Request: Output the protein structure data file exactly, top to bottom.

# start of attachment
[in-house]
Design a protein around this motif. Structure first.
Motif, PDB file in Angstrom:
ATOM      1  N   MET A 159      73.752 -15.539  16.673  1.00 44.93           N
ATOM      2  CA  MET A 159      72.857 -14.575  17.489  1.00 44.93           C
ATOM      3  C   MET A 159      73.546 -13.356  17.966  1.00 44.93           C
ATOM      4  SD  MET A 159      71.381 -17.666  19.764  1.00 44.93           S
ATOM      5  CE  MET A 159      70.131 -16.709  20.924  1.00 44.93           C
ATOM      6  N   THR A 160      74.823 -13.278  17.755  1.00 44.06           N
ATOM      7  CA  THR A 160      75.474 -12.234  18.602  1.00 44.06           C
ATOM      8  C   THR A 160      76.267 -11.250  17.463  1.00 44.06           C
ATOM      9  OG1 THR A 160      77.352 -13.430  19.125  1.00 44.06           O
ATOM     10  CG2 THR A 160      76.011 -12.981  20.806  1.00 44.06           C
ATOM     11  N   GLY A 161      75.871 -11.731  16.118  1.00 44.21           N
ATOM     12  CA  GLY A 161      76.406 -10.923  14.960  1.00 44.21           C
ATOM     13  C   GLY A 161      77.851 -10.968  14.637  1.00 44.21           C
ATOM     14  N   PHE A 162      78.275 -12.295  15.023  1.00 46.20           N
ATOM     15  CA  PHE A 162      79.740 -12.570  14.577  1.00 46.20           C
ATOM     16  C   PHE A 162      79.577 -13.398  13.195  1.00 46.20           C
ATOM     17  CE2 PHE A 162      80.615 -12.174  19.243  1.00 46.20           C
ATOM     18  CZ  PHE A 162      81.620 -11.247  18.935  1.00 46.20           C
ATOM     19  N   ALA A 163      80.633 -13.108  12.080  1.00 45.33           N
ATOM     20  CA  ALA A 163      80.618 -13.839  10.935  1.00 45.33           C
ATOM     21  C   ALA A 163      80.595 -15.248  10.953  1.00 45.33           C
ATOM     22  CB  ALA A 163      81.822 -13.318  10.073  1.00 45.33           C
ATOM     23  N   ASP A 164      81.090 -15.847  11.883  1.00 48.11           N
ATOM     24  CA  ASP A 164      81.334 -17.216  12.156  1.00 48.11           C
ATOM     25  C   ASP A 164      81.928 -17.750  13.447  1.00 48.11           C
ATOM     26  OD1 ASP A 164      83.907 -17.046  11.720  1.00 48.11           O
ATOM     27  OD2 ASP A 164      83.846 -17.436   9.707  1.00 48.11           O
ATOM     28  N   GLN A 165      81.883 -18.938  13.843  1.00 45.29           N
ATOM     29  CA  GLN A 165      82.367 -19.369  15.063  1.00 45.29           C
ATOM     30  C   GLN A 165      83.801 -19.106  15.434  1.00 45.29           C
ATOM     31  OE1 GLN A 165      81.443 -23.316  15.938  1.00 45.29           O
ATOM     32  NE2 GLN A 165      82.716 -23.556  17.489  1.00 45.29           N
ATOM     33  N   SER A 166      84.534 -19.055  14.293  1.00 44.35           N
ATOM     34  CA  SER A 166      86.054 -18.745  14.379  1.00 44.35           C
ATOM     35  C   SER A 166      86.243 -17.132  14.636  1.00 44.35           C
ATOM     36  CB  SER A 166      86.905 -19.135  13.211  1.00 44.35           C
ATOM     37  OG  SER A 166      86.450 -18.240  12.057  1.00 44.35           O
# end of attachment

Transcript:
[in-house]
Design a protein around this motif. Structure first.
Motif, PDB file in Angstrom:
ATOM      1  N   MET A 159      73.752 -15.539  16.673  1.00 44.93           N
ATOM      2  CA  MET A 159      72.857 -14.575  17.489  1.00 44.93           C
ATOM      3  C   MET A 159      73.546 -13.356  17.966  1.00 44.93           C
ATOM      4  SD  MET A 159      71.381 -17.666  19.764  1.00 44.93           S
ATOM      5  CE  MET A 159      70.131 -16.709  20.924  1.00 44.93           C
ATOM      6  N   THR A 160      74.823 -13.278  17.755  1.00 44.06           N
ATOM      7  CA  THR A 160      75.474 -12.234  18.602  1.00 44.06           C
ATOM      8  C   THR A 160      76.267 -11.250  17.463  1.00 44.06           C
ATOM      9  OG1 THR A 160      77.352 -13.430  19.125  1.00 44.06           O
ATOM     10  CG2 THR A 160      76.011 -12.981  20.806  1.00 44.06           C
ATOM     11  N   GLY A 161      75.871 -11.731  16.118  1.00 44.21           N
ATOM     12  CA  GLY A 161      76.406 -10.923  14.960  1.00 44.21           C
ATOM     13  C   GLY A 161      77.851 -10.968  14.637  1.00 44.21           C
ATOM     14  N   PHE A 162      78.275 -12.295  15.023  1.00 46.20           N
ATOM     15  CA  PHE A 162      79.740 -12.570  14.577  1.00 46.20           C
ATOM     16  C   PHE A 162      79.577 -13.398  13.195  1.00 46.20           C
ATOM     17  CE2 PHE A 162      80.615 -12.174  19.243  1.00 46.20           C
ATOM     18  CZ  PHE A 162      81.620 -11.247  18.935  1.00 46.20           C
ATOM     19  N   ALA A 163      80.633 -13.108  12.080  1.00 45.33           N
ATOM     20  CA  ALA A 163      80.618 -13.839  10.935  1.00 45.33           C
ATOM     21  C   ALA A 163      80.595 -15.248  10.953  1.00 45.33           C
ATOM     22  CB  ALA A 163      81.822 -13.318  10.073  1.00 45.33           C
ATOM     23  N   ASP A 164      81.090 -15.847  11.883  1.00 48.11           N
ATOM     24  CA  ASP A 164      81.334 -17.216  12.156  1.00 48.11           C
ATOM     25  C   ASP A 164      81.928 -17.750  13.447  1.00 48.11           C
ATOM     26  OD1 ASP A 164      83.907 -17.046  11.720  1.00 48.11           O
ATOM     27  OD2 ASP A 164      83.846 -17.436   9.707  1.00 48.11           O
ATOM     28  N   GLN A 165      81.883 -18.938  13.843  1.00 45.29           N
ATOM     29  CA  GLN A 165      82.367 -19.369  15.063  1.00 45.29           C
ATOM     30  C   GLN A 165      83.801 -19.106  15.434  1.00 45.29           C
ATOM     31  OE1 GLN A 165      81.443 -23.316  15.938  1.00 45.29           O
ATOM     32  NE2 GLN A 165      82.716 -23.556  17.489  1.00 45.29           N
ATOM     33  N   SER A 166      84.534 -19.055  14.293  1.00 44.35           N
ATOM     34  CA  SER A 166      86.054 -18.745  14.379  1.00 44.35           C
ATOM     35  C   SER A 166      86.243 -17.132  14.636  1.00 44.35           C
ATOM     36  CB  SER A 166      86.905 -19.135  13.211  1.00 44.35           C
ATOM     37  OG  SER A 166      86.450 -18.240  12.057  1.00 44.35           O